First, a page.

It seems my last few posts (yes, I know the last one was quite a long time ago now) have started with apologies, and following suit I must once again apologise for failing miserably to keep up with this bad boy recently. I can blame many things (moving, new flat having a kitchen that makes me genuinely angry, new job etc.  but really, I just haven’t been very inventive in the kitchen recently. Well, hopefully that is all going to change. I am now settled in the new flat (though there is still so much to do, is adulthood really just a never ending to do list?!), I'm nearly 100% decided on the new kitchen design and I have finally been inspired again!

I'm not sure if I have mentioned but I joined a lovely scheme called foodie pen pals recently. Each month I send and receive a parcel of food related goodies to another blogger/blog reader (if you are interested have a look here). I'm supposed to have written blog posts about each month’s parcel but due to my own disorganisation and late arrivals I haven’t been very good about this either but I shall put a stop to that too! Before it’s too late, I’ll tell you a little about my October parcel. It was a box of dark chocolate deliciousness from Lucy (you can read her blog here) and I can’t thank her enough! 

She’s also reminded me how good the 'raw choc' range of healthy treats is. For anybody with any allergy issues these are like heaven! Little chunks of rich chocolaty goodness that are milk/gluten/sugar free and you only need a small amount to satisfy that sweet craving. I haven’t tucked into everything yet  but my treats cupboard is well and truly happy, thank you so much Lucy!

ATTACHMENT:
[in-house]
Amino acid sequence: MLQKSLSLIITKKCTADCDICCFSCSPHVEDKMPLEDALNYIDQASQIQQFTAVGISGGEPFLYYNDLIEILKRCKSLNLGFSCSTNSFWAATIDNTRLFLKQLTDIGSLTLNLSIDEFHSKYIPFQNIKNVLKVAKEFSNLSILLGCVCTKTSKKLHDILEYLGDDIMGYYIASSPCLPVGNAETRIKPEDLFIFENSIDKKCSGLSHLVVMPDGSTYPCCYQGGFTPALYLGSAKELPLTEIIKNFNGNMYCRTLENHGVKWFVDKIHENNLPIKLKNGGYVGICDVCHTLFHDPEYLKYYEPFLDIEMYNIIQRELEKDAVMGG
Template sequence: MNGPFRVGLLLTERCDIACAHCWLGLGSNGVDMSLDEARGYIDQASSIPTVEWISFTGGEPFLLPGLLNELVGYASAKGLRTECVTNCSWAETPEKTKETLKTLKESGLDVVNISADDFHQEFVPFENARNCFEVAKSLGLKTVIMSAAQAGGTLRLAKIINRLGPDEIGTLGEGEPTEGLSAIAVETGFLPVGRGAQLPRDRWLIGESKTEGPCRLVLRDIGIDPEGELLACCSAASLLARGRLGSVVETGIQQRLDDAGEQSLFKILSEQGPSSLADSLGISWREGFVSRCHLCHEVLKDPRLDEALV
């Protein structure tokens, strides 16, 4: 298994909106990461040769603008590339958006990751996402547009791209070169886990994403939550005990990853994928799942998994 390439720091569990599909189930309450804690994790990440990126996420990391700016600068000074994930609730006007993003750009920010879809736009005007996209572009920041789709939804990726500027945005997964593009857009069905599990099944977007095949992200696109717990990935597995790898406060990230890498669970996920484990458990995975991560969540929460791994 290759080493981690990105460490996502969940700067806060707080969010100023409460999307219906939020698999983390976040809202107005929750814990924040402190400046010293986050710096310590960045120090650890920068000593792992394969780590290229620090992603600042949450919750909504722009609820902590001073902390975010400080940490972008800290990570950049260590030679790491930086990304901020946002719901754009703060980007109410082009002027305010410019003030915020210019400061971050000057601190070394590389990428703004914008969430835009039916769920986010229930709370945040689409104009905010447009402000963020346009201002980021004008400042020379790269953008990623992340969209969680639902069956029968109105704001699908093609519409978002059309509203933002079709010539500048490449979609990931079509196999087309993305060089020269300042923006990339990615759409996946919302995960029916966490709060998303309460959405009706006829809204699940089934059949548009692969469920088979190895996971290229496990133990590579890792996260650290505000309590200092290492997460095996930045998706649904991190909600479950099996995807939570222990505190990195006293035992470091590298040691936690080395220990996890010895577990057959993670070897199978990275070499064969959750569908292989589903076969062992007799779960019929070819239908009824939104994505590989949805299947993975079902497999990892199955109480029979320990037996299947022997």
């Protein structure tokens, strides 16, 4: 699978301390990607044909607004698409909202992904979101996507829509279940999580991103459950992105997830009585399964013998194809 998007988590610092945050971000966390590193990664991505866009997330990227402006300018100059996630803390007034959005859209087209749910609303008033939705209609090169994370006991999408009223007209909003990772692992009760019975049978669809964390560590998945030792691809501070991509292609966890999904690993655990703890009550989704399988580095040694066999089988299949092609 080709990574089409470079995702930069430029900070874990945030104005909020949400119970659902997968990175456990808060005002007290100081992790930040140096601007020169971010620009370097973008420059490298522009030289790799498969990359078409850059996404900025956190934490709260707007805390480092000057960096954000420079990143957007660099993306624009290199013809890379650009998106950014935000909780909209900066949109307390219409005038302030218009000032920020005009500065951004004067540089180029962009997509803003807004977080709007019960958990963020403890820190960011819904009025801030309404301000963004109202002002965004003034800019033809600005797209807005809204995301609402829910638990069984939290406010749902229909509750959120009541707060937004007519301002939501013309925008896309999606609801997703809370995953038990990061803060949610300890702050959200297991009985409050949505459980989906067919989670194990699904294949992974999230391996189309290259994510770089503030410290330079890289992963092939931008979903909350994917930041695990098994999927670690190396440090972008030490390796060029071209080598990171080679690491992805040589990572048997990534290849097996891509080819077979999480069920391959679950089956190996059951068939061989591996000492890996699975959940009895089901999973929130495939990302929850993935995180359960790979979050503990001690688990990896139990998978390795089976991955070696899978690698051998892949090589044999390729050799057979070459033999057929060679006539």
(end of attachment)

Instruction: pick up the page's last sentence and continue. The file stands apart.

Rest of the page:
So, back to the recipe in question. This is a fairly hands off dish and with veg and meat cooked in one pot, it also makes for easy washing up. I served it with an oven baked vegetable pilaf (recipe to follow) though if you double up on the veg (or perhaps just adding a beetroot or two, I think they would work wonderfully in this) you can cut the carbs altogether.


2 lamb steaks
2 tomatoes
2 carrots
2 large/4 small red onions
5 tablespoons balsamic vinegar
3 tablespoons honey
1 clove garlic
1-2 sprigs rosemary
1 teaspoon dried orgeno
Small handful mint
Small handful parsley
Extra virgin olive oil

Preheat the oven to 180, Roughly chop the carrots and onions.

Place in an ovenproof dish with a good glug of oil, 2 tablespoons of balsamic vinegar, the oregano and some salt and pepper. Put this in the oven.

Make the marinade with the rest of the ingredients and pour over the lamb (for optimum results do this the night before).

After about 30 minutes (when the carrots and onions are starting to turn) add the tomatoes (cut in half and skin side down). To really bring out the flavour of the tomatoes (and this is a must if your tomatoes aren't perfectly ripe) sprinkle a small pinch of brown sugar over each half.

Put back in the oven and once the tomatoes are blackening on top (after about another 20 minutes) add the lamb steaks and cook for a further 10-15 minutes (depending how large the steaks are and how pink you like them).